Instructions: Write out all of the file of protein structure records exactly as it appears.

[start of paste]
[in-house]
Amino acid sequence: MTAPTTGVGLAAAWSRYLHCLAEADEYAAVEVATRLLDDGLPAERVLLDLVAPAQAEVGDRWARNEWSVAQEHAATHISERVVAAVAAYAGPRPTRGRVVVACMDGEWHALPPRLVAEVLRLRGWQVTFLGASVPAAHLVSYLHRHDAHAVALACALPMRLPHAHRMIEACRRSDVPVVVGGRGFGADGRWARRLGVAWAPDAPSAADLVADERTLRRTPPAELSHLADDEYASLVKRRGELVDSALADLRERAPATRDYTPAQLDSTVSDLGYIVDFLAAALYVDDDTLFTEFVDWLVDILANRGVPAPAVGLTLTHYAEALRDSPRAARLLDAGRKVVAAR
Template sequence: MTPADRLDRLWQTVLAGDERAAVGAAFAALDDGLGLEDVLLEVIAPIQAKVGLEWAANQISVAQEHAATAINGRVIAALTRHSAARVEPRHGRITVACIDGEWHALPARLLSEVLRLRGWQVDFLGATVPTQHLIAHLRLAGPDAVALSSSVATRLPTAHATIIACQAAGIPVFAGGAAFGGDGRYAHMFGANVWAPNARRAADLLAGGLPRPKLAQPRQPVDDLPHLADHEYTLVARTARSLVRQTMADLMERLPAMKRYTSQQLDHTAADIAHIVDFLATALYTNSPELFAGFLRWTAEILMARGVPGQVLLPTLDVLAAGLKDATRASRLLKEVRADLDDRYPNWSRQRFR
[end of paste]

[in-house]
Amino acid sequence: MTAPTTGVGLAAAWSRYLHCLAEADEYAAVEVATRLLDDGLPAERVLLDLVAPAQAEVGDRWARNEWSVAQEHAATHISERVVAAVAAYAGPRPTRGRVVVACMDGEWHALPPRLVAEVLRLRGWQVTFLGASVPAAHLVSYLHRHDAHAVALACALPMRLPHAHRMIEACRRSDVPVVVGGRGFGADGRWARRLGVAWAPDAPSAADLVADERTLRRTPPAELSHLADDEYASLVKRRGELVDSALADLRERAPATRDYTPAQLDSTVSDLGYIVDFLAAALYVDDDTLFTEFVDWLVDILANRGVPAPAVGLTLTHYAEALRDSPRAARLLDAGRKVVAAR
Template sequence: MTPADRLDRLWQTVLAGDERAAVGAAFAALDDGLGLEDVLLEVIAPIQAKVGLEWAANQISVAQEHAATAINGRVIAALTRHSAARVEPRHGRITVACIDGEWHALPARLLSEVLRLRGWQVDFLGATVPTQHLIAHLRLAGPDAVALSSSVATRLPTAHATIIACQAAGIPVFAGGAAFGGDGRYAHMFGANVWAPNARRAADLLAGGLPRPKLAQPRQPVDDLPHLADHEYTLVARTARSLVRQTMADLMERLPAMKRYTSQQLDHTAADIAHIVDFLATALYTNSPELFAGFLRWTAEILMARGVPGQVLLPTLDVLAAGLKDATRASRLLKEVRADLDDRYPNWSRQRFR